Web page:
Spin rate and spin characteristics are significant for most sports projectiles. The infamous Adidas Jabulani 2010 World Cup ball has been replaced by the Brazuca ball for Brazil. Although the Jabulani ball was felt to be too light, the main problem was the unpredictability of its flight. Although goalkeepers were confused, mostly it affected accuracy on long shots. No word from Adidas but I expect the pattern on the eight panel construction adversely affected the laminar flow across the surface and hence the spin rate, and/or there was less grip on the boot. Whatever it will be replaced by the Brazuca ball with a new crazily patterned six panel design which Adidas says has a more consistent flight.
The performance of a golf ball is affected by spin more than any other projectile. The first golf balls were made of various materials with a rough surface and when they started to mould them with a smooth surface they didn't fly so far. A golf ball climbs up in the air and therefore carries further due the back spin imparted by the slight downward path of the club and the angle of the clubface. The rough surface helped reduce the drag on the ball so the first moulded balls were made with small raised squares which evolved into the familiar dimples as they were more durable and easier to clean.
The spin of a cricket ball affects the flight but more important for swing is the seam. The trick is to deliver the ball without spin such that the seam causes much greater drag on one side of the ball compared with the other. One is allowed to clean the ball which means one side can be polished although it is illegal to rough up the other side, although this is common practice. I was taught that the smooth side should go through the air more quickly; I suspect the opposite is true, anyone tested this?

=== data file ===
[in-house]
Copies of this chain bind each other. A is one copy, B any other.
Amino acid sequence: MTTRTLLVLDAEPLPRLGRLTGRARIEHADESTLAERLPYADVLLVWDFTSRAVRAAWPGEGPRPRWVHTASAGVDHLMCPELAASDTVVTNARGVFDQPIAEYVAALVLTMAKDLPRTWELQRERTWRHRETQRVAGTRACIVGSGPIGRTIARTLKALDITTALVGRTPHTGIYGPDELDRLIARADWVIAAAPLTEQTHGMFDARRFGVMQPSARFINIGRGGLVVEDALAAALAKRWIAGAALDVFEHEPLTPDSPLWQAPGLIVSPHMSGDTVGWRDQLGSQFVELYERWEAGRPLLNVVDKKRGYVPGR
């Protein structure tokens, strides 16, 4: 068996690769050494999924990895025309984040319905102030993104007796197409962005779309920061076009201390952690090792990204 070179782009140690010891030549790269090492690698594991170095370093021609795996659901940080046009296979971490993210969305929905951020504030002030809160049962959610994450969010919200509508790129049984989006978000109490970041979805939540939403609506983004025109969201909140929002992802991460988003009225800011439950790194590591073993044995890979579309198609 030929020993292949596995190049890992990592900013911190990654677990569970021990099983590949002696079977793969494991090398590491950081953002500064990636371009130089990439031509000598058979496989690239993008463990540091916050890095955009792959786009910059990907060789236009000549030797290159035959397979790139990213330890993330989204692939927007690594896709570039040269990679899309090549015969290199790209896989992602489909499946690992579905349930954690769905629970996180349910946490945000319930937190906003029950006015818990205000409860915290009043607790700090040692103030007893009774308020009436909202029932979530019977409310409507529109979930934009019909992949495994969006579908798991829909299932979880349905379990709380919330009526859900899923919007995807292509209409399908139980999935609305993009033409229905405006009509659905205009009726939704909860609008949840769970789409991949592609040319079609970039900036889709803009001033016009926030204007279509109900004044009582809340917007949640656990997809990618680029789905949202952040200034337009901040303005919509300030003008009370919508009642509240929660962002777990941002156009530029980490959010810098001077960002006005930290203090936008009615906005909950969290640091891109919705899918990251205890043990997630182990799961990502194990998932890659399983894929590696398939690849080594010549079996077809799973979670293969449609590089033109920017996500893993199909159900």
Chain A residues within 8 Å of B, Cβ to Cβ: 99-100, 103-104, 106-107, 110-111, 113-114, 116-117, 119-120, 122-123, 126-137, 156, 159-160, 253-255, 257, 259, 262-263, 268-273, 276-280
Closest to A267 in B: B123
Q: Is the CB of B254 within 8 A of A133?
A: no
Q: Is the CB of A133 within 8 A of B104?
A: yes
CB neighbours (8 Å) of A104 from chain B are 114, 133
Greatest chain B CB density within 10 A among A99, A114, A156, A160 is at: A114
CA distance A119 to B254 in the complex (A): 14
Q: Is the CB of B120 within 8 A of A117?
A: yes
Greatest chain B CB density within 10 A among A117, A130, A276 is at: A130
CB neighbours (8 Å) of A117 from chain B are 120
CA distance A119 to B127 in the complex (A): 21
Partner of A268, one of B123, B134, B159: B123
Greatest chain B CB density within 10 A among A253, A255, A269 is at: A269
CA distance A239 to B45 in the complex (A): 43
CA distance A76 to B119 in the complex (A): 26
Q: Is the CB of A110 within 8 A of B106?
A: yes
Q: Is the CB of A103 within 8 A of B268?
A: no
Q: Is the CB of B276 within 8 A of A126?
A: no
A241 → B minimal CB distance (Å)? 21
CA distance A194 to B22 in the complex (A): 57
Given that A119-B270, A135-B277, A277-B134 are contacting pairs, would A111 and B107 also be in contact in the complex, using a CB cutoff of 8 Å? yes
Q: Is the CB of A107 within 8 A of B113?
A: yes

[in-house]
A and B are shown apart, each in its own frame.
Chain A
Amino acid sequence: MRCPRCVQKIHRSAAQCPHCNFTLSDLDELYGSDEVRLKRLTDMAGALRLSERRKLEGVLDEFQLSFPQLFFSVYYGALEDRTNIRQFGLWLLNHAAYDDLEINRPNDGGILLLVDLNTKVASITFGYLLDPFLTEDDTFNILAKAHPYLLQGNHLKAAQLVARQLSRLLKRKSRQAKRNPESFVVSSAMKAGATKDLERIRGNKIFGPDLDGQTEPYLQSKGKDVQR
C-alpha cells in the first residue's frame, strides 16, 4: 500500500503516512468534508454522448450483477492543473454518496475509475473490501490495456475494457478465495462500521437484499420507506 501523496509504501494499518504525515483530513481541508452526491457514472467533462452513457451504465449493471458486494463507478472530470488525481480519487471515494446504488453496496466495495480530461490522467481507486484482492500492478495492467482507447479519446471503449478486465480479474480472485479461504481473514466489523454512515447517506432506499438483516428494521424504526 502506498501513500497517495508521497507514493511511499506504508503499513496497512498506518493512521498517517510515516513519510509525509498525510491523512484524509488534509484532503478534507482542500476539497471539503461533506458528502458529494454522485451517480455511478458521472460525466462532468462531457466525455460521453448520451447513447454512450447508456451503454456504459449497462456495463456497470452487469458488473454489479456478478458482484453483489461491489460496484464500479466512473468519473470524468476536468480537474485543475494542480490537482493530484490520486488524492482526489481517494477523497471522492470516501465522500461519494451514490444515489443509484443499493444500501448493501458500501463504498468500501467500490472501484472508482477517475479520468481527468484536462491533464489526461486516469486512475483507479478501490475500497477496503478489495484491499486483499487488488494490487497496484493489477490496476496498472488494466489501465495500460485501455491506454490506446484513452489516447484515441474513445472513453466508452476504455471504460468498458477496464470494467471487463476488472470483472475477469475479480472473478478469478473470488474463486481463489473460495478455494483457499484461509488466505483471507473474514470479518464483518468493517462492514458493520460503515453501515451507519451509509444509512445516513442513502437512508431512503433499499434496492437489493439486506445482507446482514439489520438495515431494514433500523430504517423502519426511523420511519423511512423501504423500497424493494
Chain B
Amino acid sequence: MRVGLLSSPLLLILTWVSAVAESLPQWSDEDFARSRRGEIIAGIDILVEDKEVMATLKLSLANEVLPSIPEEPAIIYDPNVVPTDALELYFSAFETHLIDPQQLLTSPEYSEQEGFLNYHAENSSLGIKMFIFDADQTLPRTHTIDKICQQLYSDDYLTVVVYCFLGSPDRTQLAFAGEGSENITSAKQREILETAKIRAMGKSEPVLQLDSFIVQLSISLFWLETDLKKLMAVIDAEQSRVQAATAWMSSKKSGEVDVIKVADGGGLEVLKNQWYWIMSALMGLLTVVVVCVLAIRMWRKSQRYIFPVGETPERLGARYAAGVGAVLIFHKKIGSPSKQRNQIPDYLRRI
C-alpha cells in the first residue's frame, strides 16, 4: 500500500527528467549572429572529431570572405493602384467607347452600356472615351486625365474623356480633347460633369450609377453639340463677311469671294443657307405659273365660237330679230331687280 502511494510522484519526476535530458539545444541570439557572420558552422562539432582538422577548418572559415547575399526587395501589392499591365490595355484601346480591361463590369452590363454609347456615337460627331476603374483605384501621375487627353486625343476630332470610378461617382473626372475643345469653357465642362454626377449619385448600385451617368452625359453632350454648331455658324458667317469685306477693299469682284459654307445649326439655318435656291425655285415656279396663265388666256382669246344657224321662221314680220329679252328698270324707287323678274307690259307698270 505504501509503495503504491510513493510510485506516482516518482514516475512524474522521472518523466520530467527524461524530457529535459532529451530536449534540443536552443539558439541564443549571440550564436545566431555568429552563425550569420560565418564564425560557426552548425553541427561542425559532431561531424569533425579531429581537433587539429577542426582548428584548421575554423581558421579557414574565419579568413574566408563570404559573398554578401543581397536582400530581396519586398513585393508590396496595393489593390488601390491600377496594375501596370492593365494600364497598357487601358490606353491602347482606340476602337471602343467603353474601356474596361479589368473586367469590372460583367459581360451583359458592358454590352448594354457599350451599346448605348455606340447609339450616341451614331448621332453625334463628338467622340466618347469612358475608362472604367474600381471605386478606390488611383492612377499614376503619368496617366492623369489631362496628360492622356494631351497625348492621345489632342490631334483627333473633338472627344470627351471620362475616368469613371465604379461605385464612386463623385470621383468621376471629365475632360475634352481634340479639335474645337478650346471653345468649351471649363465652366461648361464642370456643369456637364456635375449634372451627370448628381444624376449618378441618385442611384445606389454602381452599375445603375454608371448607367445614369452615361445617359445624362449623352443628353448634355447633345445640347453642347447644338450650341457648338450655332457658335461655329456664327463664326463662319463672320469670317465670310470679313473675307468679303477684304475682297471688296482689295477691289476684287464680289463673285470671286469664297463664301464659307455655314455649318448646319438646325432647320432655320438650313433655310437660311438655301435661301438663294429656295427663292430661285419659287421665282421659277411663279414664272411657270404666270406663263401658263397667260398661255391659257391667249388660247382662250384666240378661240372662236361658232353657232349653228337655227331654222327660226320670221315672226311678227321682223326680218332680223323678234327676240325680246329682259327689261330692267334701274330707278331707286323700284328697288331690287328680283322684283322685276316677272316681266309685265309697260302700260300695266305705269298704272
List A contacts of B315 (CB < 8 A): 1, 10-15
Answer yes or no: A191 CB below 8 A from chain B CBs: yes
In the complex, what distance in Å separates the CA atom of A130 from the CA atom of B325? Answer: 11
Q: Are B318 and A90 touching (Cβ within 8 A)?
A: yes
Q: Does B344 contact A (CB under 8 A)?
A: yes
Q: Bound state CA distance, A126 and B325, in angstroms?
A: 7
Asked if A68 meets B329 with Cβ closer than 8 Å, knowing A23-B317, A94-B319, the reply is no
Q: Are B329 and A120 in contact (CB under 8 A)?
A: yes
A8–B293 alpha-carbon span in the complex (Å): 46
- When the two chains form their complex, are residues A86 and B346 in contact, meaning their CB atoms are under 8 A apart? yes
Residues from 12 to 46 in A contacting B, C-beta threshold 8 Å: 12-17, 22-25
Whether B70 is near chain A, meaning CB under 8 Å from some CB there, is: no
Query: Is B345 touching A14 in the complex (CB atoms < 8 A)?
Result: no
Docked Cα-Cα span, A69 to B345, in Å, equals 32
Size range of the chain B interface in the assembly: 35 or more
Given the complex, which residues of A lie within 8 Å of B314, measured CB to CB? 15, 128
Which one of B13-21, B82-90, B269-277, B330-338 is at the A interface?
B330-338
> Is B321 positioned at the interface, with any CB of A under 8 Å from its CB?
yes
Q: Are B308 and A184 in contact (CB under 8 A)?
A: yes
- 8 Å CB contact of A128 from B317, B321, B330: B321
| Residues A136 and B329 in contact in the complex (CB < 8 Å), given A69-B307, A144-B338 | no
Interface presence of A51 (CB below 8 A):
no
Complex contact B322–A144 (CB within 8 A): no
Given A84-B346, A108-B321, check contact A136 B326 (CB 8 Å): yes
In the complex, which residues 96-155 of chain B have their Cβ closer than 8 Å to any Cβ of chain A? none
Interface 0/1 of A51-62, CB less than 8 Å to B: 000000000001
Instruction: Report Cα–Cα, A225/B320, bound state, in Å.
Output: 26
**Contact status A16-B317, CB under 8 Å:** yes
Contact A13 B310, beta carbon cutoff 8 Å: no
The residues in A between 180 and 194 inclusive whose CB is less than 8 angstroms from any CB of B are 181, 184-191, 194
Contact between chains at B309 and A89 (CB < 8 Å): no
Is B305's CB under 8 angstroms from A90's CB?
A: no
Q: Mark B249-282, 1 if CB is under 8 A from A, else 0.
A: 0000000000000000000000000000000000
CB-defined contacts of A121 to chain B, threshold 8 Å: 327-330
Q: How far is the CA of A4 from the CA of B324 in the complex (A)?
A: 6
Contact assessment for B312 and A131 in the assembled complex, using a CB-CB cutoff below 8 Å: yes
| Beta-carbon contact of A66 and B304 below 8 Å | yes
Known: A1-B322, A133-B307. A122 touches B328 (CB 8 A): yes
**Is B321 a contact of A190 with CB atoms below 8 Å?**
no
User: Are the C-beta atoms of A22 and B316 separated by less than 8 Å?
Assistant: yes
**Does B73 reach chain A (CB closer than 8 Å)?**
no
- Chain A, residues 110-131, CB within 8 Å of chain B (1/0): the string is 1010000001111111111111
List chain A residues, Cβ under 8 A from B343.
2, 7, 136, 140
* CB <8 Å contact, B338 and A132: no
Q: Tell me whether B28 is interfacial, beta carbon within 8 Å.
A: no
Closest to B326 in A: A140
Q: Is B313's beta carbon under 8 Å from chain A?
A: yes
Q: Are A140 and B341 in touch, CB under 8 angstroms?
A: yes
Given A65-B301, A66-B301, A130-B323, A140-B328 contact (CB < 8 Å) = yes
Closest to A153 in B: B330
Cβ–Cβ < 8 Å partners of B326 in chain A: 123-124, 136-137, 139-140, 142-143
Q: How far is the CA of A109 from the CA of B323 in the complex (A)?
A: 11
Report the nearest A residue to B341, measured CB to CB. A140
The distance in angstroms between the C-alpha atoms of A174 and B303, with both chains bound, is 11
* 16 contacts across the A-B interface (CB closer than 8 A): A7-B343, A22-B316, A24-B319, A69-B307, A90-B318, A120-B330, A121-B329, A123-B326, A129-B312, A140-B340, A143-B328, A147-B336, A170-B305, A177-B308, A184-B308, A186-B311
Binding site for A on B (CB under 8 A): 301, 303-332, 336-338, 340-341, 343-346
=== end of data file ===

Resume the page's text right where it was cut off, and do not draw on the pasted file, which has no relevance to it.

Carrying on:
Picking at the seam of a cricket ball is illegal as is tampering with the feathers on a shuttlecock. However, in both cases cleaning or smoothing is allowed and this makes it difficult to be sure what is going on. Consistency of performance such that people know that a particular action will have a predictable result is all important as skill levels increase. Consistency in the flight of a shuttle is paramount at a high level where centimetres can be crucial and, as good as feathers feel, people do get frustrated when their perfectly weighted clear drifts out for the umpteenth time.
Badminton is the only sport that uses a handed projectile. The anticlockwise rotation of a feather shuttlecock causes it to veer to the right. This means that a high clear will be drifting slightly out on the left side (when you are the receiver) and vice versa. In match play analysis we see twice as many errors on leaves made on the right side because of this. I have not spoken to any coaches who take account of this.